# A continuous, injective function $f: \mathbb{R} \to \mathbb{R}$ is either strictly increasing or strictly decreasing.

I would like to prove the statement in the title.

Proof: We prove that if $$f$$ is not strictly decreasing, then it must be strictly increasing. So suppose $$x < y$$.

And that's pretty much how far I got. Help will be appreciated.

Prove the contrapositive instead: if $$f$$ is not strictly increasing and not strictly decreasing, then it is not one-to-one.

For example, say there are points $$a\lt b\lt c$$ such that $$f(a)\lt f(b)$$ and $$f(b)\gt f(c)$$. Either $$f(a)=f(c)$$ (in which case $$f$$ is not one-to-one), or $$f(a)\lt f(c)$$, or $$f(c)\lt f(a)$$.

If $$f(a)\lt f(c)\lt f(b)$$, then by the Intermediate Value Theorem there exists $$d\in (a,b)$$ such that $$f(d)=f(c)$$; hence $$f$$ is not one-to-one.

Now, there are other possibilities (I made certain assumptions along the way, and you should check what the alternatives are if they are not met).

• Thanks, I knew you went for the kill with the IVT; just wasn't sure how to set it up. Jul 13, 2012 at 3:19
• Since it is strictly increasing and the domain is unbounded hence the function should be unbounded also? Jul 17, 2019 at 18:40
• @Upstart: Certainly not. $\arctan(x)$ is continuous, strictly increasing, with unbounded domain, but its values always lie between $-\frac{\pi}{2}$ and $\frac{\pi}{2}$. Jul 17, 2019 at 19:27

Consider $g\colon \{(x,y)\mid x<y\}\mapsto\mathbb R$, defined by $g(x,y):=f(x)-f(y)$. Clearly $g$ is continuos. Since the domain of $g$ is connected and $g$ has no zeroes, the image of $g$ is an interval not containing $0$.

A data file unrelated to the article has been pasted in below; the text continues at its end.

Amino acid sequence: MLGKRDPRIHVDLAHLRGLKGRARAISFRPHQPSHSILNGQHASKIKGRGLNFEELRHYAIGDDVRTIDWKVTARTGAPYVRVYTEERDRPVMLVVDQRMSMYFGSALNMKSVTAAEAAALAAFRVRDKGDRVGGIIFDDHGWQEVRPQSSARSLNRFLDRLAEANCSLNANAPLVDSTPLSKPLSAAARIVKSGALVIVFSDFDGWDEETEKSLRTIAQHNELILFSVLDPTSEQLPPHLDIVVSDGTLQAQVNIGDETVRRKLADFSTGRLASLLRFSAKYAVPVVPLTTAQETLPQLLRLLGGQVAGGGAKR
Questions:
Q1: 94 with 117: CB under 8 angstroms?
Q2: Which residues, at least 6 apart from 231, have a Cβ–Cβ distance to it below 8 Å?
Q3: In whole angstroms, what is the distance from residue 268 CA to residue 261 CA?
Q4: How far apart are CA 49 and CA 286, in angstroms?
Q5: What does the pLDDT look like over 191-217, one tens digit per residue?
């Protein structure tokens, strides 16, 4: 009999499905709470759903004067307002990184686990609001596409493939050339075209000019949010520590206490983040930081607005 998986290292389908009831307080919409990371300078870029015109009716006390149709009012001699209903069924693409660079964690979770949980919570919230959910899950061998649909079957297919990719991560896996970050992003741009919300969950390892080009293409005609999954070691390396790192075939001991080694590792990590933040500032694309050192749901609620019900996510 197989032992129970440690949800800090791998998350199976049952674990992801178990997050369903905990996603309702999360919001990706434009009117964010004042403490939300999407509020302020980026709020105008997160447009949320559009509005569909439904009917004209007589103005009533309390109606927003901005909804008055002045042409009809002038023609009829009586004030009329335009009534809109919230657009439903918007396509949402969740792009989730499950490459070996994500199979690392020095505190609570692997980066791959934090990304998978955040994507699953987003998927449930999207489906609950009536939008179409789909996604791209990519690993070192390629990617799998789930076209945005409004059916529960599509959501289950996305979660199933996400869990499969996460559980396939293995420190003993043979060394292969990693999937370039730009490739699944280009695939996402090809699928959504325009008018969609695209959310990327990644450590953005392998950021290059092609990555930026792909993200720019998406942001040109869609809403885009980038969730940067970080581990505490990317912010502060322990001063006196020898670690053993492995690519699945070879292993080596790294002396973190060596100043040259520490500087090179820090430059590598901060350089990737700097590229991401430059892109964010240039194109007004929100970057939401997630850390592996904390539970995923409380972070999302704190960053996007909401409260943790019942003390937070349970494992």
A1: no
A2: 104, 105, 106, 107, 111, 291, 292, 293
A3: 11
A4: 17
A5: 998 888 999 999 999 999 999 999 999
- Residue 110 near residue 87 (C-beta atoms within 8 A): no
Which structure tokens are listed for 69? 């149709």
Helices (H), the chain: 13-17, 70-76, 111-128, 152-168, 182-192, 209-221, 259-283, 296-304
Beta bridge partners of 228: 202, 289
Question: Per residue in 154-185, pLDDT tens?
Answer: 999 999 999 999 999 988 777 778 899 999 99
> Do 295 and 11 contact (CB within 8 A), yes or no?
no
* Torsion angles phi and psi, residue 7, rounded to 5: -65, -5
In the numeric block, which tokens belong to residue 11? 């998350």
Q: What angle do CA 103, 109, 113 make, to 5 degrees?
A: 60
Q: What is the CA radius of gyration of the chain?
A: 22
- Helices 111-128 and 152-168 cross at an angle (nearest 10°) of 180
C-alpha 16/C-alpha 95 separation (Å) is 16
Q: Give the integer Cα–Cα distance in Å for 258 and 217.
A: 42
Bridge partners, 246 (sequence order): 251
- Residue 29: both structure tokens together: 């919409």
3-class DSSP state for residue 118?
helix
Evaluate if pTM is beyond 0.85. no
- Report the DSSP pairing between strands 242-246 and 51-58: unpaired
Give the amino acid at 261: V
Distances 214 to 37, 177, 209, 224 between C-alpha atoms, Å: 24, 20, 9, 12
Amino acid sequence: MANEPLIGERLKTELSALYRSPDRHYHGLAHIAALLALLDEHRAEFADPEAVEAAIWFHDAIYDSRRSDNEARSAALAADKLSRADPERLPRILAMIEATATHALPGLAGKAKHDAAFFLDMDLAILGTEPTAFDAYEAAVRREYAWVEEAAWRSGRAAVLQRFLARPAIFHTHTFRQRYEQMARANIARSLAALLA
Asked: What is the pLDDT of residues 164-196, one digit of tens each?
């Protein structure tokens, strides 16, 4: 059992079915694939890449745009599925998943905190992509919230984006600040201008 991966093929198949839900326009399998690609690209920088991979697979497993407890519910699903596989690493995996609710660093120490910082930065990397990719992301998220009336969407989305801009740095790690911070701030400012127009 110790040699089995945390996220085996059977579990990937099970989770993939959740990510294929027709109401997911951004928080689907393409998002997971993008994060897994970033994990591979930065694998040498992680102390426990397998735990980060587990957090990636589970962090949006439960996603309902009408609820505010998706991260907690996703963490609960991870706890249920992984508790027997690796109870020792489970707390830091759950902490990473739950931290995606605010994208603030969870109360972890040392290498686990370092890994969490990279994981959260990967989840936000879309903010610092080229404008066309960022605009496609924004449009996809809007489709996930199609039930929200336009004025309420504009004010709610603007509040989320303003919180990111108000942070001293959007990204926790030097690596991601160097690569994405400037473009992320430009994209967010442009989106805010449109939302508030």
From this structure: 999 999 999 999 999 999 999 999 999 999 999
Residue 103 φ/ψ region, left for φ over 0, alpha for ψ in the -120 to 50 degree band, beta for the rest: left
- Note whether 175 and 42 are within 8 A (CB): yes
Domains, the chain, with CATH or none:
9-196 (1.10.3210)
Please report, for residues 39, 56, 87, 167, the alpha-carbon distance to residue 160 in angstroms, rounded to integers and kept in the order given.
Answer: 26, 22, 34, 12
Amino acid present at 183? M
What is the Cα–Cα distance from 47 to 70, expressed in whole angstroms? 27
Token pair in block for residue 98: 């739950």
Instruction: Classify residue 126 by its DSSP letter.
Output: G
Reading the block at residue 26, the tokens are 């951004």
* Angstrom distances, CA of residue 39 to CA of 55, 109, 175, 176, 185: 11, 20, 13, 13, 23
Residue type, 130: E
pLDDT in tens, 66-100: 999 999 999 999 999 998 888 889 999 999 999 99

• How to show that $g(x, y)$ is continuous? Also whats the result you are using for later statement " Every connected set map to connected set if continuos? " Sep 24, 2021 at 20:36
• This is a very nice and slick proof of that statement! Thanks! Apr 13 at 20:50

Suppose $f : \mathbb{R} \rightarrow \mathbb{R}$ is continuous and not strictly increasing. Then there exists two points such that $f(a) = f(b)$, or there exists three points $a < b < c$ such that $f(a) < f(b)$ and $f(b) < f(c)$. The first case contradicts injectivity. Suppose the second, without loss of generality, suppose that $f(b) - f(a) \leq f(c) - f(b)$. Then $f(b) \leq f(b) - (f(b) - f(a)) = f(a) \leq f(c)$. By the intermediate value theorem, there exists $d$ such that $b < d < c$ such that $f(d)= f(a)$. This contradicts injectivity.

Since $$f$$ is one-to-one, for $$a we have $$f(a)\neq f(b)$$. We first consider the case when $$f(a). I claim that in this case $$f$$ is strictly increasing.

First, note that for any $$x\in(a,b), f(a). If not, then since $$f$$ is 1-1, must have $$f(x). But then by the IVT there is some $$c\in(x,b)$$ so that $$f(c)=f(a)$$, contradicting $$f$$ being 1-1.

Now suppose for contradiction that $$f$$ is not strictly increasing. So there is some $$x,y\in I$$, $$x with $$f(y). By the previous paragraph, we also have $$f(a). So by the IVT, there is some $$c\in (a,x)$$ with $$f(c)=f(y)$$, contradicting $$f$$ being 1-1.

Thus $$f$$ is strictly increasing if $$f(a). If $$f(b), a similar argument (with all inequalities reversed) shows $$f$$ is strictly decreasing.

• The third paragraph is a non-sense. Oct 9, 2019 at 10:42